Home Outdoor education Going out is not the refuge it seems for some marginalized young people

Going out is not the refuge it seems for some marginalized young people


Going out can mean different things to different people. Raised in a family of nature lovers, Selena Lopez-Ortiz found this to be true within her own home. His parents grew up farming the farmlands of their ranching community in Mexico, descending from families that Lopez-Ortiz describes as being “rooted in nature” for generations. Her father took care to pass that legacy on to Lopez-Ortiz and her sisters.

“He was always the one who exposed us to nature — going fishing, riding horses and all that,” she says. “He was a big fan of being outdoors, and that’s part of what made me fall in love with nature.”

Now in Gustine, Calif., the family is forging different paths outdoors. In high school, the sisters began considering summer programs with Adventure Risk Challenge (ARC), a nonprofit organization that makes outdoor education accessible to students by offering affordable, fully equipped in the Sierra Nevada. Their parents supported this interest but had little time for outdoor recreation. Lopez-Ortiz says it was because her parents spent their time working outdoors. “My father worked every day, without breaks except twice a month.”

Lopez-Ortiz’s mother worked in a nearby sweet potato field and her father irrigated surrounding farms. Combined with the sisters’ evolving interests in the natural world, this meant that the family tradition of engaging with the outdoors continued in multiple forms under the same roof.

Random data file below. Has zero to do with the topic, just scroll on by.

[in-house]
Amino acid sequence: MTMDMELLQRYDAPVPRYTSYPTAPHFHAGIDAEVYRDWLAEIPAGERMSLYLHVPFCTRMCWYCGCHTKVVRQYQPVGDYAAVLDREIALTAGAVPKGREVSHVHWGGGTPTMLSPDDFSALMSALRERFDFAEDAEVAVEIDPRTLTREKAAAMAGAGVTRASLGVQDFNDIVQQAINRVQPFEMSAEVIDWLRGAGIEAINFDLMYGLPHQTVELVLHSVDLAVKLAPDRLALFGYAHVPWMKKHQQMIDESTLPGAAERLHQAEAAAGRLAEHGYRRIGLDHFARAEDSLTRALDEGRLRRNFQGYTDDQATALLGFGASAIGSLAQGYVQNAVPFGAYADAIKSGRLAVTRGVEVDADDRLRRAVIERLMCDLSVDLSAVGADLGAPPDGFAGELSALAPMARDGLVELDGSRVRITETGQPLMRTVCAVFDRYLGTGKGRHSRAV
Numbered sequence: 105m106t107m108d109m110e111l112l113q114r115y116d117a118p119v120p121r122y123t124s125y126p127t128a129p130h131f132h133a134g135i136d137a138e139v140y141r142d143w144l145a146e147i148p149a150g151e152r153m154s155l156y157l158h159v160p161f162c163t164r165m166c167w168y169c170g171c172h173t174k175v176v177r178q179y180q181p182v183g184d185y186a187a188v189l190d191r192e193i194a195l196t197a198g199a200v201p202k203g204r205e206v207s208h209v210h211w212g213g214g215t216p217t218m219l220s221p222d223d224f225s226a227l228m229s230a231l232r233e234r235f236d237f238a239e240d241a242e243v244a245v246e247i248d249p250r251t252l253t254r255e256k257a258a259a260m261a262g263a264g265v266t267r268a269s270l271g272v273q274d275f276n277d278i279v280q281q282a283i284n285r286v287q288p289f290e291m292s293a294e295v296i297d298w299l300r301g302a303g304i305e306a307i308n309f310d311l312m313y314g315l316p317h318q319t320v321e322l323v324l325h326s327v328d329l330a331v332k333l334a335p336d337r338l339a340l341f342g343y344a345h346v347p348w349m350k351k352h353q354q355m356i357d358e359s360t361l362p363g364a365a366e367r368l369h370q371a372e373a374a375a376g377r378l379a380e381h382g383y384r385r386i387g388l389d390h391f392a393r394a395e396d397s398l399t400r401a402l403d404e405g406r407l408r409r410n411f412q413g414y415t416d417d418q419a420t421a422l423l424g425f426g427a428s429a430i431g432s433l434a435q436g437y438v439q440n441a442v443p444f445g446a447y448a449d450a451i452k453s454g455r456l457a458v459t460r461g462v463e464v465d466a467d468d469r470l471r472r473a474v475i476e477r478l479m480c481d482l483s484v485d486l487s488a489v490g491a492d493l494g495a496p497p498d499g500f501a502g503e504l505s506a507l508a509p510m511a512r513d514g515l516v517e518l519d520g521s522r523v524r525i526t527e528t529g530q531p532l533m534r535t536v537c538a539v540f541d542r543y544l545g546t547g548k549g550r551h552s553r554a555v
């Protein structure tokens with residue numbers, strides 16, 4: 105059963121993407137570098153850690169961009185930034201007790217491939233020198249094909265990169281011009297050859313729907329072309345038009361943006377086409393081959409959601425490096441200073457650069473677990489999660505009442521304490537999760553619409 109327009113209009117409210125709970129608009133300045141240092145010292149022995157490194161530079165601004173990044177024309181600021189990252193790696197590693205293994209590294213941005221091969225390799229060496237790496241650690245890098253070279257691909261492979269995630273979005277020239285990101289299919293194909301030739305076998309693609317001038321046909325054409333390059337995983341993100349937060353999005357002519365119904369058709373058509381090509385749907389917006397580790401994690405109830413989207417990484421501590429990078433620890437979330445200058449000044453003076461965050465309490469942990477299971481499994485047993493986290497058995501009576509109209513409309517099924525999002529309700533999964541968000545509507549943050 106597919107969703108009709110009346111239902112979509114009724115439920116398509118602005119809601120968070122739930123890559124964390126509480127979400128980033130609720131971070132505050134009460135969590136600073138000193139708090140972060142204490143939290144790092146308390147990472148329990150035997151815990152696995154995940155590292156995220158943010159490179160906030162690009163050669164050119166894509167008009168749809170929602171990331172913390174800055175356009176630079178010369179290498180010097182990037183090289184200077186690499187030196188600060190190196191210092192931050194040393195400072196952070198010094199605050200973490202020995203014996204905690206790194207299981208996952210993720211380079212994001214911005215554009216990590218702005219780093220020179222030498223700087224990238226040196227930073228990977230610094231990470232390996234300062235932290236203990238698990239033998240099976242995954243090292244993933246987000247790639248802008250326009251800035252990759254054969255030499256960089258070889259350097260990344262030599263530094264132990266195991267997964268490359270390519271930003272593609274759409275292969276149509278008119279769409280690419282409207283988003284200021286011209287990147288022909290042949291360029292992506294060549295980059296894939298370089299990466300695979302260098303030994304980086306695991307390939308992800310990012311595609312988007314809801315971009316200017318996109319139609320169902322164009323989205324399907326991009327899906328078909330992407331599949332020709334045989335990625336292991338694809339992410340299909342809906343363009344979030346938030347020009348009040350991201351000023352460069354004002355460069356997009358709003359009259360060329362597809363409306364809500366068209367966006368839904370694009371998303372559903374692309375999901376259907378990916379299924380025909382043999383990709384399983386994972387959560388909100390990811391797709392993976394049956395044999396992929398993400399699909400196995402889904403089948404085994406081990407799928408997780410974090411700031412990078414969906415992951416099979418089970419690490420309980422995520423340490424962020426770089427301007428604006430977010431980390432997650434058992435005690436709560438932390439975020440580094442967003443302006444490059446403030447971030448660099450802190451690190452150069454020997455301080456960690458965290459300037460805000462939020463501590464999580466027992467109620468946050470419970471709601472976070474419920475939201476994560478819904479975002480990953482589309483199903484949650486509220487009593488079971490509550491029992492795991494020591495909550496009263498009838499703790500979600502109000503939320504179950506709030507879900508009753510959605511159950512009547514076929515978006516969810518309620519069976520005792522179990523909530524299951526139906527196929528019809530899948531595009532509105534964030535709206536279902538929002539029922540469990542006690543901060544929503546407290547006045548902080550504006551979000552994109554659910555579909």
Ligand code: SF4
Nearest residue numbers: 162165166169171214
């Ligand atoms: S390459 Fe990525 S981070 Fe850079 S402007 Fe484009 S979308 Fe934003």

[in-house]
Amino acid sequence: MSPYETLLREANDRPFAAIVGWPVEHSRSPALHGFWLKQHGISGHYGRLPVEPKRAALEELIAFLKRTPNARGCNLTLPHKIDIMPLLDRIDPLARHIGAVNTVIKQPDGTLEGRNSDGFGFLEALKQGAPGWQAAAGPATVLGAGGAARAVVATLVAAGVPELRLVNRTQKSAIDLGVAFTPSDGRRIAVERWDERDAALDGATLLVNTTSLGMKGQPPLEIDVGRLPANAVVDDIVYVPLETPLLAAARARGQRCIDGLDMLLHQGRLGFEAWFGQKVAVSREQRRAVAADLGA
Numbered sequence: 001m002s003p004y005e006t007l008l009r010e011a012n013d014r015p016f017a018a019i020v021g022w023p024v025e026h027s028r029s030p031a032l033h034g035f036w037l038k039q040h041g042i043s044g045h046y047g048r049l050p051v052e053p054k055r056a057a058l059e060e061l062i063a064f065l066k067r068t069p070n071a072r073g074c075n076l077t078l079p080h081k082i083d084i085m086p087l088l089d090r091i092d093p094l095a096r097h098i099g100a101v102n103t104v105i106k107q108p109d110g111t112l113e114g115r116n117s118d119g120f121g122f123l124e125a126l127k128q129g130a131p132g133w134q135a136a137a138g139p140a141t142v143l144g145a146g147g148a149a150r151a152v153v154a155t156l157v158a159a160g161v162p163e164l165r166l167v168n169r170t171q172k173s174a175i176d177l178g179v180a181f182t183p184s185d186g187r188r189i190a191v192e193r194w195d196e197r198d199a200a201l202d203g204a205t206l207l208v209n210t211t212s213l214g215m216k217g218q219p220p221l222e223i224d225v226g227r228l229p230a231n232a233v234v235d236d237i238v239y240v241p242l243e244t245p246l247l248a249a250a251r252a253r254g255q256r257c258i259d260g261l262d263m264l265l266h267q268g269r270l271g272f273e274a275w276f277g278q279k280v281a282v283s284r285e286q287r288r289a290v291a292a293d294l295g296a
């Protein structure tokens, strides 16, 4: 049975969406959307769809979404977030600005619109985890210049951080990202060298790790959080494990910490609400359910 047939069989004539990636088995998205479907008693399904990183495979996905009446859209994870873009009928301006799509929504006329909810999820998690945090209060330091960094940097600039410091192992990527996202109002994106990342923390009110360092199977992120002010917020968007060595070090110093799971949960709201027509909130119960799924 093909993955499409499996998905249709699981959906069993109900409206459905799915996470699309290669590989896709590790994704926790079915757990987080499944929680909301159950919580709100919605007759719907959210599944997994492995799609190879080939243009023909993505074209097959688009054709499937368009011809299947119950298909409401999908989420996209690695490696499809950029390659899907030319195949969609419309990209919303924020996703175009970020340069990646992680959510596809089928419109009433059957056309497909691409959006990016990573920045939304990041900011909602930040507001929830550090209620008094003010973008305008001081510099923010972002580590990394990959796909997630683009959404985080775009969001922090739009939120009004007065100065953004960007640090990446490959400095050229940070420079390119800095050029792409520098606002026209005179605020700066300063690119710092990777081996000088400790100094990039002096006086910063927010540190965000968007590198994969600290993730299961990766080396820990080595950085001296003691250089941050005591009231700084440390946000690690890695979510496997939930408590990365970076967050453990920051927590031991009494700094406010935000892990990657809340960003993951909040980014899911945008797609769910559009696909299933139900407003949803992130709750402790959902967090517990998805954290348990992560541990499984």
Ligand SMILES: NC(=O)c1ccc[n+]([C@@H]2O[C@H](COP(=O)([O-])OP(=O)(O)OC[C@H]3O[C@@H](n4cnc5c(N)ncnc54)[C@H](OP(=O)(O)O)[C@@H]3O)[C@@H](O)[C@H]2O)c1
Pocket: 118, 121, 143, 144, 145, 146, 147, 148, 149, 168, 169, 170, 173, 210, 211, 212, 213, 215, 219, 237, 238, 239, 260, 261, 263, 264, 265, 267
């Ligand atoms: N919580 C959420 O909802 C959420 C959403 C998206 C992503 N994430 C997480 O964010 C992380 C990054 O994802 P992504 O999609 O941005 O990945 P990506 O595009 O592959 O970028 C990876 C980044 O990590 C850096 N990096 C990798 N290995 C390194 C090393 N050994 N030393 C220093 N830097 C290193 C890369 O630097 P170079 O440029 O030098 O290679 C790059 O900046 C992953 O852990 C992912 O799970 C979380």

Gustine may seem externally connected in a simple way. The city is surrounded by fields and orchards and is less than an hour’s drive from five state parks. An additional two hours’ drive can take you to Big Sur, Yosemite, or the beaches of the Pacific Coast Highway. Based solely on map images, Gustine would seem centered on a constellation of iconic outdoor destinations, all of which live in our cultural imagination as places to go when we want to relax, explore, and #getoutthere. However, many of its neighboring fields and orchards are privately owned and maintained by farm laborers living nearby. This means that Gustine’s closest access points outdoors are often workplaces.

Alexis Angulo, a former Gustine CRA who now sits on the organization’s Young Professionals Council, says the economic realities of the region may outweigh the apparent simplicity of the map. Like Lopez-Ortiz, Angulo and her family lived next to parks and coastlines while rarely interacting with them.

“Before coming to the ARC…I had never hiked, I had never climbed. These experiences were alien to me, says Angulo. “Part of the reason why these experiences [were] so foreign is that they are so expensive to continue. You need a lot of expensive equipment, and it’s not affordable. Even going to a park and paying a $30 entry fee – for someone on a low income, that was not feasible.

Jesus Alejandre leads ARC’s youth programs in the Central Valley and believes there are a few key elements that can shape a community’s relationship to its landscape. As a local leader in Gustine who graduated from the ARC high school program, he has personal knowledge of the context of his work.